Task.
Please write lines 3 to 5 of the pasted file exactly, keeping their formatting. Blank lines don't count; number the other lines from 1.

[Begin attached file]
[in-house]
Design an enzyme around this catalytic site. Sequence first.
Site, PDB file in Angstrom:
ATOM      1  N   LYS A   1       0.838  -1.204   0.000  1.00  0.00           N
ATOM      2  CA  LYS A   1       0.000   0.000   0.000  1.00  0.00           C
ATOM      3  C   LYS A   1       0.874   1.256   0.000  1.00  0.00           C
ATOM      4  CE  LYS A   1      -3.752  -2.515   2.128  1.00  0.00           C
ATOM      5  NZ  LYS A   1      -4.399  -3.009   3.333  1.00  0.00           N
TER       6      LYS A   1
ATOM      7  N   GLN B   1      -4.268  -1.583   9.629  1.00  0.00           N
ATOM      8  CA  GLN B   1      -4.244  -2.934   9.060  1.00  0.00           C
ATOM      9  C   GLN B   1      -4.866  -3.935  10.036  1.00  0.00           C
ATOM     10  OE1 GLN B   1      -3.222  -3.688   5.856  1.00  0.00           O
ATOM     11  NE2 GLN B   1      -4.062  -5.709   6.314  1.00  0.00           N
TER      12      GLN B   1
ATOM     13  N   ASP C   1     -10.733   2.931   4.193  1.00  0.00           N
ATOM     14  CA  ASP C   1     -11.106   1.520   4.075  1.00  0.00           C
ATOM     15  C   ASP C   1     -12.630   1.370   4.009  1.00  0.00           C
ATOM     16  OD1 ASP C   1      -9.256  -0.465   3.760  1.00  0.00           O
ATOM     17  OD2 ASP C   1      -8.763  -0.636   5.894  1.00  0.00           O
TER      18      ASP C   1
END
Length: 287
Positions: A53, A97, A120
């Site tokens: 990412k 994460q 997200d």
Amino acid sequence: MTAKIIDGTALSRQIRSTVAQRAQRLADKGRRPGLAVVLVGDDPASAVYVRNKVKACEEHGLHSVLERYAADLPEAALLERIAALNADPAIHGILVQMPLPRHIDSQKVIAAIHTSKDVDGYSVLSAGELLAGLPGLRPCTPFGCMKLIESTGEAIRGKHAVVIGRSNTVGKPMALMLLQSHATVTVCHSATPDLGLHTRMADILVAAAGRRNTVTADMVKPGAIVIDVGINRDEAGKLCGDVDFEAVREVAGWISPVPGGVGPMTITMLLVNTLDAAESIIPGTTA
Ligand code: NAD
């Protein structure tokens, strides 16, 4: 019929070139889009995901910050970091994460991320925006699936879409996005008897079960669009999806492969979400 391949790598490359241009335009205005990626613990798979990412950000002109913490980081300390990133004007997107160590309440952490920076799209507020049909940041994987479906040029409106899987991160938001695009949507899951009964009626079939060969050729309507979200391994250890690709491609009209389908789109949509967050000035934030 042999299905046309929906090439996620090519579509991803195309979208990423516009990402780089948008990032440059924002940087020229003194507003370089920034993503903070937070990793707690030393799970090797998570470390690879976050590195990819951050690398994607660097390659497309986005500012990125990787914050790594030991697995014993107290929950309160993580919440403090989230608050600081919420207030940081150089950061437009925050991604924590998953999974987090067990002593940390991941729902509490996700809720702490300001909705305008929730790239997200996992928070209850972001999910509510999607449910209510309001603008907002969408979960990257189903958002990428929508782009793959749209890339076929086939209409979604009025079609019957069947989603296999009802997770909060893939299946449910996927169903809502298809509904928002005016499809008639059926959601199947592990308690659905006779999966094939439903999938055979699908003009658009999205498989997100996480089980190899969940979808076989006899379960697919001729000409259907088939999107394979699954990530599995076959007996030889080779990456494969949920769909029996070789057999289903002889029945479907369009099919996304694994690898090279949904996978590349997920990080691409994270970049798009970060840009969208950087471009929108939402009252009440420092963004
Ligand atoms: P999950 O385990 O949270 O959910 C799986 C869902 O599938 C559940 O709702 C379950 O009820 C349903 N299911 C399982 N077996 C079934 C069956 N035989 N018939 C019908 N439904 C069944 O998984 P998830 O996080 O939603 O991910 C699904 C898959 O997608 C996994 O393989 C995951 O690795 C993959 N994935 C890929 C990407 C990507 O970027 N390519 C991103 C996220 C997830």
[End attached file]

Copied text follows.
Site, PDB file in Angstrom:
ATOM      1  N   LYS A   1       0.838  -1.204   0.000  1.00  0.00           N
ATOM      2  CA  LYS A   1       0.000   0.000   0.000  1.00  0.00           C